Together, Michael and his wife Heloise wrote out their Holistic Context, a key element of HM that requires the family to explicitly consider and articulate their social, economic and environmental aspirations, values and resources in the course of decision making. They ended up with a vision for ‘an abundant place that captures sunlight, utilises moisture and enhances our resources’ and which is ‘profitable for the business, for the people, and for the land’. For any decision, the HM decision-making framework directed them to ask the question: Is this actually going to lead me towards or away from our goal / Holistic Context?
The enterprise ran across several properties at this point, with the homestead at a property in Holbrook. With their HM training and Holistic Context in place, Michael decided to implement time controlled rotational grazing across the home property in Holbrook. This involved mobbing the cattle together into one large mob and rotating that mob through smaller paddocks, and building infrastructure to support this, including water points and temporary electric fencing.
Michael was still learning, and his implementation of the new grazing practices wasn’t perfect in the beginning. The business was still under-performing financially. Nevertheless, one of his early observations was that resting paddocks and mob grazing meant that even areas that were once considered not as productive were “all of a sudden, growing grass”.
After a final failed crop in 2013, Michael felt that he was “just jacked with cropping” and ceased “cold turkey”, focusing instead on cattle trading at the home property, and leasing out the other properties. Before long he realised that he was not making the progress he required against his considerable debt and made the tough decision to sell the home property and start over at Willowlee. The input of the 8 families group was invaluable in helping to work through this decision.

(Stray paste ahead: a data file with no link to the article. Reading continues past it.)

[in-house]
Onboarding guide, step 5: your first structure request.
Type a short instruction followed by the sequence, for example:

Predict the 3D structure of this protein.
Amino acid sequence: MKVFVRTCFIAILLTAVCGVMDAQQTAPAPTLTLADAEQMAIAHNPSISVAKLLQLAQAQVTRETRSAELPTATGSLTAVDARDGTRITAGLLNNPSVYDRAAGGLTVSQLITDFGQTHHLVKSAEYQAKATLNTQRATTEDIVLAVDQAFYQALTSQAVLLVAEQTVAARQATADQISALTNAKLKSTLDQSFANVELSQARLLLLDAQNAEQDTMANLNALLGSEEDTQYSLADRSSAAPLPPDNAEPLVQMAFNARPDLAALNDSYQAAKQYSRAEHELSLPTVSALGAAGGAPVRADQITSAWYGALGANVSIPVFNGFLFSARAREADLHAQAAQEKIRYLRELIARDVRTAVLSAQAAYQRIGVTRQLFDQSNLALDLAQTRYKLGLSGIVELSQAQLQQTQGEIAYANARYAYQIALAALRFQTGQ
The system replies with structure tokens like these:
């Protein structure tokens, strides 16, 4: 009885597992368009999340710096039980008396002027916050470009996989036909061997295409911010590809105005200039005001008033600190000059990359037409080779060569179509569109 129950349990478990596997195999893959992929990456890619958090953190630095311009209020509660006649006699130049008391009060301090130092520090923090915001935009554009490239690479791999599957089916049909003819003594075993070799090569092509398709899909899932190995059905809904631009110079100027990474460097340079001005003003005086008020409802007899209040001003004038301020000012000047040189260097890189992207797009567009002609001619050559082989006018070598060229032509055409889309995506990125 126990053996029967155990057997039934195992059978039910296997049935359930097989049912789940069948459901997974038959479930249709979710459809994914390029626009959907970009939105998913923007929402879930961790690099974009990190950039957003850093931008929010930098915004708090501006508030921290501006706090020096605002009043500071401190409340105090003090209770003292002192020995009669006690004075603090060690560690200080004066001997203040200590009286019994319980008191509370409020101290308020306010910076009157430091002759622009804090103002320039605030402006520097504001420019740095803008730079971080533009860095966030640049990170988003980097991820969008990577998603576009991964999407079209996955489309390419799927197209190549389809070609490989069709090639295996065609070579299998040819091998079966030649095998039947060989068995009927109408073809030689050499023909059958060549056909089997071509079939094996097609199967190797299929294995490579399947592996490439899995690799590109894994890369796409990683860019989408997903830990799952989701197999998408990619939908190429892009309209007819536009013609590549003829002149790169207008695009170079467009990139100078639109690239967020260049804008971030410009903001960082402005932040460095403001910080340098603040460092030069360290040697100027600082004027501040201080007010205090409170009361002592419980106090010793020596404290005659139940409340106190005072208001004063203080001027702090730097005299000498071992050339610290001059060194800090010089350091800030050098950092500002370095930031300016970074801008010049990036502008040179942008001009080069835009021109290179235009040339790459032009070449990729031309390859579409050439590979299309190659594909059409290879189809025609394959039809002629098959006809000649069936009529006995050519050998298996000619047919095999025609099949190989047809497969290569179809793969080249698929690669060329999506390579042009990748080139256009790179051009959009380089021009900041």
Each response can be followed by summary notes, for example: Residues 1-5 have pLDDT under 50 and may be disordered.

Refining time-controlled grazing
At Willowlee, Michael continued the HM approach, investing in new infrastructure for a second time. This took several years but went much more smoothly as Michael now had a plan of what he wanted the property to look like. The plan included particulars such as the need to correct flow rates of the watering system and the maximum length to run his electric fencing (in Michael’s case, he was aiming to limit paddocks to a maximum length of 400m). Having to rebuild again from scratch, Michael was able to learn from past mistakes, but also received support from the 8 families group and other personal connections from the HM world. Finding trading stressful, he decided to invest in building up an Angus Bull Stud that eventually made up 70% of the carrying capacity, leaving the other 30% in trading or agistment and adjusting cattle their numbers according to the expected pasture budget.